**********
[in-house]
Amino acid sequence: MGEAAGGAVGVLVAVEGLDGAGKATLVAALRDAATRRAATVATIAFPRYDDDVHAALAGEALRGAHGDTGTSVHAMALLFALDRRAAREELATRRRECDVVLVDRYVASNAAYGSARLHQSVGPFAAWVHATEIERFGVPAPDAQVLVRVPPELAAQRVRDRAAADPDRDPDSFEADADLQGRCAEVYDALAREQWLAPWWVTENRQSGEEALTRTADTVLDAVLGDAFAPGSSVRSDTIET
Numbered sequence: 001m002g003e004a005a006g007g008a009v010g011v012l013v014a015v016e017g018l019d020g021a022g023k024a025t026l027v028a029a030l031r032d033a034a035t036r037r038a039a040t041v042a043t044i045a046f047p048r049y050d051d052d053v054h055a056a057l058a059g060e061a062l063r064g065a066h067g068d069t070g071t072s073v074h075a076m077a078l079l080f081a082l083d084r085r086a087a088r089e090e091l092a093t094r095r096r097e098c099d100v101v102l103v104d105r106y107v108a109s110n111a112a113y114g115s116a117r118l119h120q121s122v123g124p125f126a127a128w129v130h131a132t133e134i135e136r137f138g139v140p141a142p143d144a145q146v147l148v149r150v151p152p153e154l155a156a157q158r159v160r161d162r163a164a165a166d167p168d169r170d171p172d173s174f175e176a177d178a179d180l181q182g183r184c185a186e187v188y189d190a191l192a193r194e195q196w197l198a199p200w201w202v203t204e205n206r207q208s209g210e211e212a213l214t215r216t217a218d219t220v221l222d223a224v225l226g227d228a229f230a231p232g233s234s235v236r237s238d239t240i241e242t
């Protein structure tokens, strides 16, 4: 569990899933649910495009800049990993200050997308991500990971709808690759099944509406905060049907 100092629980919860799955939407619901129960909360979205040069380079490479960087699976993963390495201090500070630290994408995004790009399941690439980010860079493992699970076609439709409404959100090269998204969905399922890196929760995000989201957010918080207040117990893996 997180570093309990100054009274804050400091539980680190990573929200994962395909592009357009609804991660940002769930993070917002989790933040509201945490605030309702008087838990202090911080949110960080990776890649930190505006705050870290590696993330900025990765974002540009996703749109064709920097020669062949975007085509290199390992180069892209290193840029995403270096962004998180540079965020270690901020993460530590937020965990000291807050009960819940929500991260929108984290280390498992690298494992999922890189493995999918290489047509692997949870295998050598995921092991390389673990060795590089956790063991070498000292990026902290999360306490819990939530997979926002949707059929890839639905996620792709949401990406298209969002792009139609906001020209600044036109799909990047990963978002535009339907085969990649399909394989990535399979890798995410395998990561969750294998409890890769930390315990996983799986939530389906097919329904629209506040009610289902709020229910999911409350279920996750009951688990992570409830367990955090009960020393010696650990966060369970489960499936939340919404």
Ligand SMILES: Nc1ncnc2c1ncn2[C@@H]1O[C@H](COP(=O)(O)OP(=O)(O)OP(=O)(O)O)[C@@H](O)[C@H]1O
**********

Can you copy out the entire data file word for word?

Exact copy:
[in-house]
Amino acid sequence: MGEAAGGAVGVLVAVEGLDGAGKATLVAALRDAATRRAATVATIAFPRYDDDVHAALAGEALRGAHGDTGTSVHAMALLFALDRRAAREELATRRRECDVVLVDRYVASNAAYGSARLHQSVGPFAAWVHATEIERFGVPAPDAQVLVRVPPELAAQRVRDRAAADPDRDPDSFEADADLQGRCAEVYDALAREQWLAPWWVTENRQSGEEALTRTADTVLDAVLGDAFAPGSSVRSDTIET
Numbered sequence: 001m002g003e004a005a006g007g008a009v010g011v012l013v014a015v016e017g018l019d020g021a022g023k024a025t026l027v028a029a030l031r032d033a034a035t036r037r038a039a040t041v042a043t044i045a046f047p048r049y050d051d052d053v054h055a056a057l058a059g060e061a062l063r064g065a066h067g068d069t070g071t072s073v074h075a076m077a078l079l080f081a082l083d084r085r086a087a088r089e090e091l092a093t094r095r096r097e098c099d100v101v102l103v104d105r106y107v108a109s110n111a112a113y114g115s116a117r118l119h120q121s122v123g124p125f126a127a128w129v130h131a132t133e134i135e136r137f138g139v140p141a142p143d144a145q146v147l148v149r150v151p152p153e154l155a156a157q158r159v160r161d162r163a164a165a166d167p168d169r170d171p172d173s174f175e176a177d178a179d180l181q182g183r184c185a186e187v188y189d190a191l192a193r194e195q196w197l198a199p200w201w202v203t204e205n206r207q208s209g210e211e212a213l214t215r216t217a218d219t220v221l222d223a224v225l226g227d228a229f230a231p232g233s234s235v236r237s238d239t240i241e242t
């Protein structure tokens, strides 16, 4: 569990899933649910495009800049990993200050997308991500990971709808690759099944509406905060049907 100092629980919860799955939407619901129960909360979205040069380079490479960087699976993963390495201090500070630290994408995004790009399941690439980010860079493992699970076609439709409404959100090269998204969905399922890196929760995000989201957010918080207040117990893996 997180570093309990100054009274804050400091539980680190990573929200994962395909592009357009609804991660940002769930993070917002989790933040509201945490605030309702008087838990202090911080949110960080990776890649930190505006705050870290590696993330900025990765974002540009996703749109064709920097020669062949975007085509290199390992180069892209290193840029995403270096962004998180540079965020270690901020993460530590937020965990000291807050009960819940929500991260929108984290280390498992690298494992999922890189493995999918290489047509692997949870295998050598995921092991390389673990060795590089956790063991070498000292990026902290999360306490819990939530997979926002949707059929890839639905996620792709949401990406298209969002792009139609906001020209600044036109799909990047990963978002535009339907085969990649399909394989990535399979890798995410395998990561969750294998409890890769930390315990996983799986939530389906097919329904629209506040009610289902709020229910999911409350279920996750009951688990992570409830367990955090009960020393010696650990966060369970489960499936939340919404």
Ligand SMILES: Nc1ncnc2c1ncn2[C@@H]1O[C@H](COP(=O)(O)OP(=O)(O)OP(=O)(O)O)[C@@H](O)[C@H]1O